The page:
Many a times we also come across anecdotes or incidents or flashes from the past that remind us that, times may appear to have changed but in some respects, not much has changed. Let me give you a few..

I like Gary Hayden's articles on "philosophy" that features every week in Singapore's Straits Times. Now we all get scared when hear that p-word but he really conveys simple messages in a simple and straightforward way which is not so easy. Recently I looked up his blog and he has posted a link to one of Seneca Jr's writings sent to him by a reader. Gary considers this article, along with a few others, as potentially 'life changing'.

This guy Seneca is from the first century (50AD), that is almost 2000 years ago. And the quoted article starts like this ... "... we are born for a brief span of life, because even this space that has been granted to us rushes by so speedily and so swiftly that all save a very few find life at an end just when they are getting ready to live".

Who would have thought that back then life goes so swift that you don't have time to live? We normally assume that even 50-60 years ago life was laid back and relaxed and it is only in this bullet train internet tweet era that things are moving fast. After all our parents did not have to tweet every movement of theirs or blog every thought as we do :-) but then they had other things...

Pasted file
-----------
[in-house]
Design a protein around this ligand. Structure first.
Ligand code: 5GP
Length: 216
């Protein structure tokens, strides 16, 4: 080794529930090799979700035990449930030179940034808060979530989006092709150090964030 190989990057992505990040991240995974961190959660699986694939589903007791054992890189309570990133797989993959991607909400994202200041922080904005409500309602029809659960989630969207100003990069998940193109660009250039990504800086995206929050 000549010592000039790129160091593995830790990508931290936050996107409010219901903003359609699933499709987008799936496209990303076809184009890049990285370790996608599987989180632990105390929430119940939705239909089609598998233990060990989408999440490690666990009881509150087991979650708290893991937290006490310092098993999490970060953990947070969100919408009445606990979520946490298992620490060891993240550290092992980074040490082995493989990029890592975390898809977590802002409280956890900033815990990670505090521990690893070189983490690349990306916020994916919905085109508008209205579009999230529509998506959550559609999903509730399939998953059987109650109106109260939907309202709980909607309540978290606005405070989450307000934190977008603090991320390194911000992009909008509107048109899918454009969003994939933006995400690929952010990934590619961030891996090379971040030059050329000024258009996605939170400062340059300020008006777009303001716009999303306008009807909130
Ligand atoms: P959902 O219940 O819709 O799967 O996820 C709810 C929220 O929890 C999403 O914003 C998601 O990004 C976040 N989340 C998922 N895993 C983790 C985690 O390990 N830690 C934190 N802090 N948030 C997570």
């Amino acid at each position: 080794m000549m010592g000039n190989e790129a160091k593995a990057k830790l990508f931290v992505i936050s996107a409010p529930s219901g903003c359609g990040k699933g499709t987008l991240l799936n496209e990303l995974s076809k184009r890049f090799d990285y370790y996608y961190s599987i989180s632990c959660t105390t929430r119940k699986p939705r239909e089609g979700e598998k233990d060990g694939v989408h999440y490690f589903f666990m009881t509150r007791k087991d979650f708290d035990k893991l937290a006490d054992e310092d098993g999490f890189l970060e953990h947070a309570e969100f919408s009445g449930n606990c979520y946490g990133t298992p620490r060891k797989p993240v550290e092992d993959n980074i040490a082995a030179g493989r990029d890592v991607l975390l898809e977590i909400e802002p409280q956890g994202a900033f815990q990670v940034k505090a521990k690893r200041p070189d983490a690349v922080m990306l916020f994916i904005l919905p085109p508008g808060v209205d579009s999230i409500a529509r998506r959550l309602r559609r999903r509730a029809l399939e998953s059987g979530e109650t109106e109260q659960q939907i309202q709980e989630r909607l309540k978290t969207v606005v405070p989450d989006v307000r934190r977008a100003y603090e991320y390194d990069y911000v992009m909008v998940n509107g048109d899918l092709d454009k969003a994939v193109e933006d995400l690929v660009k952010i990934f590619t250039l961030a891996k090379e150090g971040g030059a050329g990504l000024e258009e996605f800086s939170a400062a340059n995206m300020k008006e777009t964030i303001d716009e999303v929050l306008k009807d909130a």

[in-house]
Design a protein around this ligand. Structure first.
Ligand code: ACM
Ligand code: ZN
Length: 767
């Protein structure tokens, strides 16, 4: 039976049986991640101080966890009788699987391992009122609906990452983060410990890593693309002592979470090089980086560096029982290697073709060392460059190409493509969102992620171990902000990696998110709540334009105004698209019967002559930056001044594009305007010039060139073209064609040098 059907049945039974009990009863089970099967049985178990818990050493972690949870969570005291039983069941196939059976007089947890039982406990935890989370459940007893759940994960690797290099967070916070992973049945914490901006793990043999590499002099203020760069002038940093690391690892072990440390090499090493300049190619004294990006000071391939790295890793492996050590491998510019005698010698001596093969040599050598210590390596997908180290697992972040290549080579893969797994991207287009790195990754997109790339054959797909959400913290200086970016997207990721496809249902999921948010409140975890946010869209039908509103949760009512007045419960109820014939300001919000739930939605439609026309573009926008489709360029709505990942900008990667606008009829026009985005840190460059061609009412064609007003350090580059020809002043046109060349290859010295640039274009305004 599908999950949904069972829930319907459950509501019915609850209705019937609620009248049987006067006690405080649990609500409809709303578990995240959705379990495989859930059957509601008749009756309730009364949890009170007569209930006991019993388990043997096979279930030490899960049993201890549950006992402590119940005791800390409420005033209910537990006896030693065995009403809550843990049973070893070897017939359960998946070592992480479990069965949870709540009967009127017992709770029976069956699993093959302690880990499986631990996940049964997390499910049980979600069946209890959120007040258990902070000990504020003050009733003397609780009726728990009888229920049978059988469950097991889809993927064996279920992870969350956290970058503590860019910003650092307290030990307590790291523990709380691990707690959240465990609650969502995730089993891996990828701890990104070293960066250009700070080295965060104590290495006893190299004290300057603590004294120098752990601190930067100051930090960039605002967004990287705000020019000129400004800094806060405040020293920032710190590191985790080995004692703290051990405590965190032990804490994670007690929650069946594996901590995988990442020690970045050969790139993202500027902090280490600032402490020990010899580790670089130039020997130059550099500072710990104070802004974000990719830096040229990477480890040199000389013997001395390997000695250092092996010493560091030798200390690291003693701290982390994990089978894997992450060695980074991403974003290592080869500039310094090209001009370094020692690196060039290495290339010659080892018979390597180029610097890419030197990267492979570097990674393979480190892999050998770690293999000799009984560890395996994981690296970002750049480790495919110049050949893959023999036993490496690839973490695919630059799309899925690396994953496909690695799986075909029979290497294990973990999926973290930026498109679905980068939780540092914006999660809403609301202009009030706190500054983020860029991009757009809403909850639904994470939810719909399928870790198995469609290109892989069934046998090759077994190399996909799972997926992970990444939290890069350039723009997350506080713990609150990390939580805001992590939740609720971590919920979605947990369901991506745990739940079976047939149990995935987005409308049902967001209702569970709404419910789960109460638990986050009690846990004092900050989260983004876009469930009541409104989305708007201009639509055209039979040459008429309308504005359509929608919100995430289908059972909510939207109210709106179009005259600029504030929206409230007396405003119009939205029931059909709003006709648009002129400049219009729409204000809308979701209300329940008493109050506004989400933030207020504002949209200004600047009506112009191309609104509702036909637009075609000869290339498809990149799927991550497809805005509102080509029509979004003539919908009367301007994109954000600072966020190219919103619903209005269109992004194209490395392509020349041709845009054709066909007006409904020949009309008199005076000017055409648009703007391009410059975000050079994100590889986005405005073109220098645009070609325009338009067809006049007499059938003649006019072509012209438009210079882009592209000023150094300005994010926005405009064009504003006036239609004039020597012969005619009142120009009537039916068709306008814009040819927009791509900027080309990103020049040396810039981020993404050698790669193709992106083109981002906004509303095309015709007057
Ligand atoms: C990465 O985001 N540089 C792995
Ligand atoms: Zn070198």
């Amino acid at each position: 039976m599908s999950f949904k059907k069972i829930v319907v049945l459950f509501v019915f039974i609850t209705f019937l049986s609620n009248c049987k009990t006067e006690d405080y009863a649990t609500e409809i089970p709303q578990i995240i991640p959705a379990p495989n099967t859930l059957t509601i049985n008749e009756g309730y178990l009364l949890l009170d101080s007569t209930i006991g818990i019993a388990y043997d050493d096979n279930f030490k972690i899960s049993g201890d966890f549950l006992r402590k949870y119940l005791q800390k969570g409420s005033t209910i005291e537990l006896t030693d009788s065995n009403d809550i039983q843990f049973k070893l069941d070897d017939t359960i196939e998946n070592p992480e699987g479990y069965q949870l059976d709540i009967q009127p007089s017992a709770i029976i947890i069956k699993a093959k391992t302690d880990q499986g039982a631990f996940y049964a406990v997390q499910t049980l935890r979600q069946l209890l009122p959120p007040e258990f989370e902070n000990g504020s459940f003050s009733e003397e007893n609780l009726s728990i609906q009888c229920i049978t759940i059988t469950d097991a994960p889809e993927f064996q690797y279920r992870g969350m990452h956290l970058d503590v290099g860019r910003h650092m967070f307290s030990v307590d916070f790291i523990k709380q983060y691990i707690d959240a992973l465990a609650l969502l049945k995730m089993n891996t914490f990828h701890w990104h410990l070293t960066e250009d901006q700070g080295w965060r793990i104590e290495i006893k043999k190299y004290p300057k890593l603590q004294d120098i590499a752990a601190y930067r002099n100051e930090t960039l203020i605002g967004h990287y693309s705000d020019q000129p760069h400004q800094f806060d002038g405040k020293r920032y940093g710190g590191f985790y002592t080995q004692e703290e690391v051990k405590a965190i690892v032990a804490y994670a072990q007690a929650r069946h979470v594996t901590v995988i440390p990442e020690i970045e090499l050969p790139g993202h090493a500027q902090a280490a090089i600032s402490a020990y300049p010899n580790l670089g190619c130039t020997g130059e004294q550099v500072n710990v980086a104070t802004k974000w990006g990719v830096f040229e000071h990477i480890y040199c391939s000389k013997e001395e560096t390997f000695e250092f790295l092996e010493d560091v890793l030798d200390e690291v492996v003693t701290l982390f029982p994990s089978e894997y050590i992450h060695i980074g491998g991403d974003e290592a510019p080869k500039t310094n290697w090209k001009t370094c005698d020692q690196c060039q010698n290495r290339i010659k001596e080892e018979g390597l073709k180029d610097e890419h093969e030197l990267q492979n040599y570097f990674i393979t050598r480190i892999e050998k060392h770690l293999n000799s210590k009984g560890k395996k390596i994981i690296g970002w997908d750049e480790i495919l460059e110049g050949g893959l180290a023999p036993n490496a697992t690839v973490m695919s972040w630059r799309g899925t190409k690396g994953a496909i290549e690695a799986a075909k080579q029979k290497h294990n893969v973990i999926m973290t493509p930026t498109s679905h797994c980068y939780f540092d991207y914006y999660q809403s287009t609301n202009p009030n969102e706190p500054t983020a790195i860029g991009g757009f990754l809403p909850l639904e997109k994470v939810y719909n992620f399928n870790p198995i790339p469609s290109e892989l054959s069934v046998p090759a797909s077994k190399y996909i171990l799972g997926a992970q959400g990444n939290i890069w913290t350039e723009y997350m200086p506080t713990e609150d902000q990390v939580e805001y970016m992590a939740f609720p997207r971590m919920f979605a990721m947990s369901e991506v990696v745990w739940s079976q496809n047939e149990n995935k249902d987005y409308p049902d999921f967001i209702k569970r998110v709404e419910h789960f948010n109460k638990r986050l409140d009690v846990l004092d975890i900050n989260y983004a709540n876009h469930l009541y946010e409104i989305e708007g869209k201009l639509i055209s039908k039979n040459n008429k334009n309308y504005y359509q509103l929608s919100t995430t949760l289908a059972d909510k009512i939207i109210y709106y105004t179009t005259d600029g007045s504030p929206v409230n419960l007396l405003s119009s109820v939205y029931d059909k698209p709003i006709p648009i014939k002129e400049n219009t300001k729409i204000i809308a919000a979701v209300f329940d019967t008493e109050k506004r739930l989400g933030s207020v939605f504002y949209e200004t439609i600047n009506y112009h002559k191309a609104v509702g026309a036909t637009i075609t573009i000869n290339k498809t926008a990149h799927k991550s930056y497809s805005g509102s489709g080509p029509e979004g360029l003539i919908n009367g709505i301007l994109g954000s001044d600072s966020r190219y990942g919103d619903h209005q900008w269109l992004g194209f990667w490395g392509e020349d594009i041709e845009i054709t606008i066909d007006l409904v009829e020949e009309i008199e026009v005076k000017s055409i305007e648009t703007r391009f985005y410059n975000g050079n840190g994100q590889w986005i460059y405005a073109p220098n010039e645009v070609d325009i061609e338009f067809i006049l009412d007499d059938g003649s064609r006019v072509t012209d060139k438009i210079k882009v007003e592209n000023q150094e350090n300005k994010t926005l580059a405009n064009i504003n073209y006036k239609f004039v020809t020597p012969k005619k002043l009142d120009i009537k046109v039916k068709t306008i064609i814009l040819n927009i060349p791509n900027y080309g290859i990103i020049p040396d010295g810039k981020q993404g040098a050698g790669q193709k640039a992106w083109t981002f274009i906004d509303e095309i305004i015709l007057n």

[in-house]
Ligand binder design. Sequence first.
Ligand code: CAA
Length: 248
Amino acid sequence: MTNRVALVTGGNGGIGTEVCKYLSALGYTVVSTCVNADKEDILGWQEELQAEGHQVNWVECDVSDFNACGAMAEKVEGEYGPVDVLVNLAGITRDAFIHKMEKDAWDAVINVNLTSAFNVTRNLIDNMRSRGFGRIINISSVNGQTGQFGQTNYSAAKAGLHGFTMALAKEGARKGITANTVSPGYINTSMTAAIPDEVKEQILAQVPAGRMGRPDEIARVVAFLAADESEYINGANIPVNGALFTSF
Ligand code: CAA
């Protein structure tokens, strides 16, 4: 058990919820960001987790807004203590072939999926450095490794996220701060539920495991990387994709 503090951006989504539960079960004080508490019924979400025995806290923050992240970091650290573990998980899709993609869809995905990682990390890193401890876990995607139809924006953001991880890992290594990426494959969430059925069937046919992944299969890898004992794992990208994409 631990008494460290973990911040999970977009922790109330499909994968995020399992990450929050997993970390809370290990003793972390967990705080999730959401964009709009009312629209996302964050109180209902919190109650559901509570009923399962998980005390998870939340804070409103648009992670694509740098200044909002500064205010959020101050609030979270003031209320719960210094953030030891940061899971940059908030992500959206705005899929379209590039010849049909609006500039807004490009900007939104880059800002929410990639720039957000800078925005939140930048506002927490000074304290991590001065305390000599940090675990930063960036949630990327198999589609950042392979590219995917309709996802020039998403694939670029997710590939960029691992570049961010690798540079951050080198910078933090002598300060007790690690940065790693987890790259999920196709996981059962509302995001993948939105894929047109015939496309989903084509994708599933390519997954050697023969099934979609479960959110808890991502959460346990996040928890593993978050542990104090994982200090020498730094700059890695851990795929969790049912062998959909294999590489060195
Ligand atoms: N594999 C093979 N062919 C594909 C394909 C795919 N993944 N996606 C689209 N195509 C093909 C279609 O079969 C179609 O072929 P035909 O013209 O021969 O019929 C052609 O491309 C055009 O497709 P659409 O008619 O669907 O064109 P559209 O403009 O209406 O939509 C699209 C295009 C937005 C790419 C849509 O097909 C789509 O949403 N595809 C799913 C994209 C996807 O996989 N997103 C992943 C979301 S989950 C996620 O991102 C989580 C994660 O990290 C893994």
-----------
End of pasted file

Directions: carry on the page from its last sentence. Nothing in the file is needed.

Then there are others...some researchers recently compared paintings of Last Supper by various painters over hundreds of years, to conclude that our meal or portion sizes have grown steadily through the ages (presumably implying that we are overeating)....with all respects, have they found something new? There is this Egyptian saying supposedly engraved on a 5000 year old pyramid "you live on one fourth of what you eat, your doctor lives on the other three fourths"...so over-eating is probably not a new fad at least not for the affluent.

We all have also heard "today's kids are so different" so often. It seems that is exactly what some ancient Greek thinker also said, 3000 years or more ago...

I am sure you have come across many such cases.